Hi all. My first post here and I really like the forums. They are extremely informative! Brace yourselves for a long post as I have a lot of information to write and I hope all of you can help me.
Ok, so first of all, I have just completed my freshman year of a B.Sc in Mathematics and Physics. I am at an Irish university which is very much focused on Applied Math! I like to think that there are top members in they're respective fields there. Especially the area I want to go into (At least at the minute) which is Fluid Dynamics. Profs. at my uni were the one's who published the paper explaining why Guinness bubbles sank.
So my course outline is as such, it's relatively inflexible.
Semester 1
Intro Physics 1
Computer Software
Calc 1
LA 1
Properties of Matter
Semester 2
Intro Physics 2
Intro Statistics
Calc 2
Discrete Math
Semiconductor Devices
Semester 3
ODEs
Mechanics
Vector Analysis
Linear Analysis
Optics
Semester 4
Thermal Physics
Modern Physics
Intro Numerical Analysis
PDEs
E&M
Semester 5
QM
Mech of Solids
Applied Analysis
LA2
Mathematical Modelling of Continuum
Semester 6
CoOp More on this later.
Semester 7
Solid State Physics 1
Maths of Natural Phenomena
Asymptotic Analysis
**May take math module**
Thesis
Semester 8
Solid State 2
Dynamical Systems
Mathematical Models
**May Take Math Module**
Thesis Contd.
Ok, so that's essentially what I have to take. Q1: Can I take any more App Math to improve my Grad School App?
Next is regarding the GRE. I have no pure math courses.
Will this effect my chances at Applied Math Grad School?
Of the pure Math that's on the GRE is it easy to pick up the summer before?
With regard to CoOp: What this is, is that my Uni sends out Juniors into the working world for 6 months to gain industry experience. Is it possible to do a REU like placement in the states with a prof during this time? When would I be advised to contact them as I start the Spring Semester of my Junior Year?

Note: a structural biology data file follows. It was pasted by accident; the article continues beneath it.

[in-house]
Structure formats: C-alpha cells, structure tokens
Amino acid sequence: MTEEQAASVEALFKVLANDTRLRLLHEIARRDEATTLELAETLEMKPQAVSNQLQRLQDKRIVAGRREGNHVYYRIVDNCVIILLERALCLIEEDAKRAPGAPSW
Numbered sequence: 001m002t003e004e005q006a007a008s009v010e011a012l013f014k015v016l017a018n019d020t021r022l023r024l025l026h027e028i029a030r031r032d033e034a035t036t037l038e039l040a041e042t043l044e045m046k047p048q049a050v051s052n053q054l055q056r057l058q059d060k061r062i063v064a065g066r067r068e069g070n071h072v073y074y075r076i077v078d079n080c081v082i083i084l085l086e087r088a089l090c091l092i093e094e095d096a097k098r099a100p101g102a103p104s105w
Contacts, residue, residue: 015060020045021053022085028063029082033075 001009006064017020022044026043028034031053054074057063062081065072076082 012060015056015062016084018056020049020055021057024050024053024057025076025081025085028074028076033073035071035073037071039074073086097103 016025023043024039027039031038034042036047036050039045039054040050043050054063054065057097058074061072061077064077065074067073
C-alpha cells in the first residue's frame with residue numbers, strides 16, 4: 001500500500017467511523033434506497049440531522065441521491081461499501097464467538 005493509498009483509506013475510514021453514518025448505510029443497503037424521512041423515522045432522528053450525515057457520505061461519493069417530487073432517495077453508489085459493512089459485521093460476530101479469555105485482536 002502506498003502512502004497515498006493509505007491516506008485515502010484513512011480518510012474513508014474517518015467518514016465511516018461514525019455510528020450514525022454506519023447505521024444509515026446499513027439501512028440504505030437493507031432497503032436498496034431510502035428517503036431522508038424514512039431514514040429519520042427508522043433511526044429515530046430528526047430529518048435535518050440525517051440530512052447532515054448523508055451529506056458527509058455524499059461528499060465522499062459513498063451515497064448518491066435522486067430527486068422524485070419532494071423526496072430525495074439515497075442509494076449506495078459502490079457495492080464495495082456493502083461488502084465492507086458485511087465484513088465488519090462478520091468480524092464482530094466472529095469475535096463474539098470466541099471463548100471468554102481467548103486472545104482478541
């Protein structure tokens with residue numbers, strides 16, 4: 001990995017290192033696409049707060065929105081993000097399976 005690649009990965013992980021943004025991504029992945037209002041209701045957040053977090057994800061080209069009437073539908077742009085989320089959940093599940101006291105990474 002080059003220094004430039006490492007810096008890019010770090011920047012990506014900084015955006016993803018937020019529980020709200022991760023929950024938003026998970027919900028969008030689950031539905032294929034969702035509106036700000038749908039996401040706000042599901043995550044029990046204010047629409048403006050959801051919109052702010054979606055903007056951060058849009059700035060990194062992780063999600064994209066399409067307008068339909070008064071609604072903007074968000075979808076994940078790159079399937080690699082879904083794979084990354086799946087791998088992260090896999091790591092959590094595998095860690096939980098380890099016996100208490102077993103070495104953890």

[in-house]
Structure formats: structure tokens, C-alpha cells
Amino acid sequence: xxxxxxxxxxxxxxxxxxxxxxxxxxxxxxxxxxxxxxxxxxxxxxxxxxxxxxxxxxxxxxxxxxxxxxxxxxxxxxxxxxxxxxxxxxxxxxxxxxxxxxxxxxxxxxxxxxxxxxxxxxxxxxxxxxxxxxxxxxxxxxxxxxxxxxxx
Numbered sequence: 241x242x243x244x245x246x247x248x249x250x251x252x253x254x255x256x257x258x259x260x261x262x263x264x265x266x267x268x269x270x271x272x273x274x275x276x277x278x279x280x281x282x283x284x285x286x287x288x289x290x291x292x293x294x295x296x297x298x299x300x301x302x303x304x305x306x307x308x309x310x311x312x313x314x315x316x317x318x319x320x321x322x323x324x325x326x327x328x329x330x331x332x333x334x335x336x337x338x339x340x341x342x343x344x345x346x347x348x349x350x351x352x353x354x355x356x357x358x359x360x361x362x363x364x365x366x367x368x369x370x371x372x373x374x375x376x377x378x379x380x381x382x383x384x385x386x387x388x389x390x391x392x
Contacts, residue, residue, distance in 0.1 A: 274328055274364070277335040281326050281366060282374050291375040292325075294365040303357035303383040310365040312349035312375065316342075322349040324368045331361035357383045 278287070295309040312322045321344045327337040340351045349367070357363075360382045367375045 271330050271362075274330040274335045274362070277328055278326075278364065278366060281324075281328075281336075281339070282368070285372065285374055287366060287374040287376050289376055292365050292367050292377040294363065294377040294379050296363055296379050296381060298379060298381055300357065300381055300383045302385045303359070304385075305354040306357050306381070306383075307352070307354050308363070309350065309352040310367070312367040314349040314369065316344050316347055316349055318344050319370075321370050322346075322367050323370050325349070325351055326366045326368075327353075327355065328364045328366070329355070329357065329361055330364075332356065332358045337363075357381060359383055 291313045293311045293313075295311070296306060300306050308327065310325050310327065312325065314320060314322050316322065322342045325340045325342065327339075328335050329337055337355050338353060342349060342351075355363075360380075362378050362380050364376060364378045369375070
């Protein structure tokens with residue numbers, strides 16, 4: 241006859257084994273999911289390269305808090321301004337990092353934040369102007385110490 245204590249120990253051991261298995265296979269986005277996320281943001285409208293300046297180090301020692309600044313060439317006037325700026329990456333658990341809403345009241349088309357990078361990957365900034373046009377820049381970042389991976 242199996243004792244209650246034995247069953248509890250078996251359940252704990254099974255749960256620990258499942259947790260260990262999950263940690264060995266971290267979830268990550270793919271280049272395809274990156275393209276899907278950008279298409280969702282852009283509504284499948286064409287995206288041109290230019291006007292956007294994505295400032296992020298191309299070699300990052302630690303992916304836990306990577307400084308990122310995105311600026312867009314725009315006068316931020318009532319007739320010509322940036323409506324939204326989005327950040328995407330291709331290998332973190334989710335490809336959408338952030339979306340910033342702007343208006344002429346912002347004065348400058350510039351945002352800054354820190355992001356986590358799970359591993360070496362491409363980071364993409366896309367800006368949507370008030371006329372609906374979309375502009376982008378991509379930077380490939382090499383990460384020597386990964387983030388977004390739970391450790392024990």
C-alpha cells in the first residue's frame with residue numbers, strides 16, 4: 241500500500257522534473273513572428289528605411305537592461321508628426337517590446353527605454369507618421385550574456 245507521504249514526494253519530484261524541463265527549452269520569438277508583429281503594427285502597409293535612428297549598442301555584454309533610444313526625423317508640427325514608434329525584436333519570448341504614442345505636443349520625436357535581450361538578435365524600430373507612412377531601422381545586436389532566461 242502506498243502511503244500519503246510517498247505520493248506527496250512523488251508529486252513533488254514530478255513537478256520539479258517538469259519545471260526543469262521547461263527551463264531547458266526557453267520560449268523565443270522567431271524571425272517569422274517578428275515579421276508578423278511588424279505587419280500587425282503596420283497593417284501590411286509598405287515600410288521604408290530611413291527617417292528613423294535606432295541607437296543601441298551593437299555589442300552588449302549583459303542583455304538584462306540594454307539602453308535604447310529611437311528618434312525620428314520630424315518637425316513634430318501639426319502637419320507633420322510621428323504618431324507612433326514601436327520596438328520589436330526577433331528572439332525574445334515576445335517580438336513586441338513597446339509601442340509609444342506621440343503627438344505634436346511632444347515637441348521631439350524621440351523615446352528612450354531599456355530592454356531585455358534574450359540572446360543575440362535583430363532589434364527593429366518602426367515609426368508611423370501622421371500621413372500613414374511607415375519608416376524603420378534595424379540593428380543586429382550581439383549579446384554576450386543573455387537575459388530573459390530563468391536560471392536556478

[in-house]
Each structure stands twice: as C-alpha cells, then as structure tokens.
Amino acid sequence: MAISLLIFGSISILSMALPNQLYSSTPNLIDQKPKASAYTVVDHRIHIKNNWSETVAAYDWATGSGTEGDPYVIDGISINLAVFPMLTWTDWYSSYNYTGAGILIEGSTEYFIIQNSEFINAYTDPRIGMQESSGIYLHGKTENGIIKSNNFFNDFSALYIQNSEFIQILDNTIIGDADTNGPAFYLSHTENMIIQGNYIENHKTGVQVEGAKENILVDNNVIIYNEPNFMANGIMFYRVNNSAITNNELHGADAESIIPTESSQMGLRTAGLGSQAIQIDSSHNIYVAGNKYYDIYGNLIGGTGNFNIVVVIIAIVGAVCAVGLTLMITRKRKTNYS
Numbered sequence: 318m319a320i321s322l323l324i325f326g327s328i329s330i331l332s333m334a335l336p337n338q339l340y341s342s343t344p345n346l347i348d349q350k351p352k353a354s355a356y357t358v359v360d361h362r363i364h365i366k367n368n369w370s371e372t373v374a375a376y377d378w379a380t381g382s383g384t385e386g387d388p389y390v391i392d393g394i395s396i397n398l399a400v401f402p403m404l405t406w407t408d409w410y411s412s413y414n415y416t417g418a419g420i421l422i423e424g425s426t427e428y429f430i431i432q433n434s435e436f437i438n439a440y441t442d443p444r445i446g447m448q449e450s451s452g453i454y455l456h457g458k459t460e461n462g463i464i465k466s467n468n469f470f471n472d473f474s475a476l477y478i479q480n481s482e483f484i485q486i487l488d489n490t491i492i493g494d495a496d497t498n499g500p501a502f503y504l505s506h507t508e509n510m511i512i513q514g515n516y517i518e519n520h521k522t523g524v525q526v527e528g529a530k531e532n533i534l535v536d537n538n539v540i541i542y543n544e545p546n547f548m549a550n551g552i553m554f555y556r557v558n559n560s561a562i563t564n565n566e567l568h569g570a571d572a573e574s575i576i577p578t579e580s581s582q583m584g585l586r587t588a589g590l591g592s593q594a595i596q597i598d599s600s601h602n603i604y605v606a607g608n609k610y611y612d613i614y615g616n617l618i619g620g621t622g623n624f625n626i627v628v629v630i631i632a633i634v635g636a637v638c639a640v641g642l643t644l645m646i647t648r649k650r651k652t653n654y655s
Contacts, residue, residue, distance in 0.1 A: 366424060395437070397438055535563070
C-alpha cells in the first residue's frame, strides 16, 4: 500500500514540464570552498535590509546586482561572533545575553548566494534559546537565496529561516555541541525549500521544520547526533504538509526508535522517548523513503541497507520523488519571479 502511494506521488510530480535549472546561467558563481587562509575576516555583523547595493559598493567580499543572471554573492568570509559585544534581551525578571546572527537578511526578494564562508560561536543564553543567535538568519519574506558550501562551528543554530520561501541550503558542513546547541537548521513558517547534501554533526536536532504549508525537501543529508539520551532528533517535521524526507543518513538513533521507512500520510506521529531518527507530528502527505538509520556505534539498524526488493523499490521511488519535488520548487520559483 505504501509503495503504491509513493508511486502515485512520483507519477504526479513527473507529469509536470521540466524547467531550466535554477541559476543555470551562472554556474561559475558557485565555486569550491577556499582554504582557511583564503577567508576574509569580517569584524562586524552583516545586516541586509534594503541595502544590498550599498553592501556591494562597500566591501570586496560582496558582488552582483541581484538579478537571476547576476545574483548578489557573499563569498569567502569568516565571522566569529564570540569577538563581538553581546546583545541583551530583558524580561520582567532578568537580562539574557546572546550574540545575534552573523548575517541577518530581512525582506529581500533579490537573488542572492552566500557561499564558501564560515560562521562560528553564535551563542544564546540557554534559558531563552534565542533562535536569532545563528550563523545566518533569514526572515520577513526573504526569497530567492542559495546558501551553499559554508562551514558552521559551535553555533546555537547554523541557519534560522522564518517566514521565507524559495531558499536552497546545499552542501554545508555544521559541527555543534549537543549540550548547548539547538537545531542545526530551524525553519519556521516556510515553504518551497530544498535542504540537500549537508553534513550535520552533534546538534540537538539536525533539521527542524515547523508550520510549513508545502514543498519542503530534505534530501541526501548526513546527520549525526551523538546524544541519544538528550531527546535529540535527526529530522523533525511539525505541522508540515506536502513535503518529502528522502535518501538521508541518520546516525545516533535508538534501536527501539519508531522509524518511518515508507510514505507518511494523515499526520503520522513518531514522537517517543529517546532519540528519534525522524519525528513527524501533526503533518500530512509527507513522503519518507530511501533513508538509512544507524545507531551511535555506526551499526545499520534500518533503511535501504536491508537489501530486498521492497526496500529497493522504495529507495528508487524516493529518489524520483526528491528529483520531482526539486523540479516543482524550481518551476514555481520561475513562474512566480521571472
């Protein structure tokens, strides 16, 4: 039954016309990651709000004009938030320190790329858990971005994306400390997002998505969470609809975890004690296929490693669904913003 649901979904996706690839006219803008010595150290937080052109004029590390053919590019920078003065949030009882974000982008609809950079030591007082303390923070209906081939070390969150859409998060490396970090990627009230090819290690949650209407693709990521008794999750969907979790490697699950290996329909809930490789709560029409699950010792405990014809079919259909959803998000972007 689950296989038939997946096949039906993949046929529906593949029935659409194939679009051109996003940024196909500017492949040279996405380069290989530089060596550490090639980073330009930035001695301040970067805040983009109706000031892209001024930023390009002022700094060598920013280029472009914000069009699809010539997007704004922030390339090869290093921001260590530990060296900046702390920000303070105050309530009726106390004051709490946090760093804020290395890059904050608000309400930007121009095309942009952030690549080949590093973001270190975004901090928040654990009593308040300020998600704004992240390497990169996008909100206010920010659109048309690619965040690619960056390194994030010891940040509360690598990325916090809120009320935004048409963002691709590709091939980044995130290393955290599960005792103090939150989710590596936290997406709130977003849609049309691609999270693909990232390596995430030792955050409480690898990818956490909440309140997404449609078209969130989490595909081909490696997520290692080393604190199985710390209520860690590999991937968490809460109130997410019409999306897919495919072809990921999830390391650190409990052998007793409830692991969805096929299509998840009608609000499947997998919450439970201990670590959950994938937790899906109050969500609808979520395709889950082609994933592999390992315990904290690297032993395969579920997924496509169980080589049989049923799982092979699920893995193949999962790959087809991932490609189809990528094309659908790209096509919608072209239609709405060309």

Lastly, I've scoured the net and keep coming up with different lists, but what are the best places in the states to do App Math in (Specifically Fluid Dynamics).
Thank you all for reading.
A little bit of everything.

 Posts: 2
 Joined: Thu May 16, 2013 5:57 pm
Re: A little bit of everything.
Can anyone help me out?
Re: A little bit of everything.
I'm speaking from my limited experience, but I think it will be better if you take some basic pure math courses like abstract algebra, real analysis and complex analysis.
Re: A little bit of everything.
What is usually included in standard undergraduatelevel abstract algebra course? I am from applied mathematics and my university only offers "Algebraic Structures" which main goals are (copypaste from my university's website): "to understand algebraic structures and their classification, to recognize groups, fields, rings, algebras, etc, and to make use of their properties, to represent and stratify groups and rings, to construct special algebras with desirable properties." Is that enough to, say, MGRE?mathfreak wrote:I'm speaking from my limited experience, but I think it will be better if you take some basic pure math courses like abstract algebra, real analysis and complex analysis.
Re: A little bit of everything.
Ignotas wrote:What is usually included in standard undergraduatelevel abstract algebra course? I am from applied mathematics and my university only offers "Algebraic Structures" which main goals are (copypaste from my university's website): "to understand algebraic structures and their classification, to recognize groups, fields, rings, algebras, etc, and to make use of their properties, to represent and stratify groups and rings, to construct special algebras with desirable properties." Is that enough to, say, MGRE?mathfreak wrote:I'm speaking from my limited experience, but I think it will be better if you take some basic pure math courses like abstract algebra, real analysis and complex analysis.
The content of abstract algebra is exactly to the "Algebraic Structures" course offered in your department.There also we study groups, rings and fields.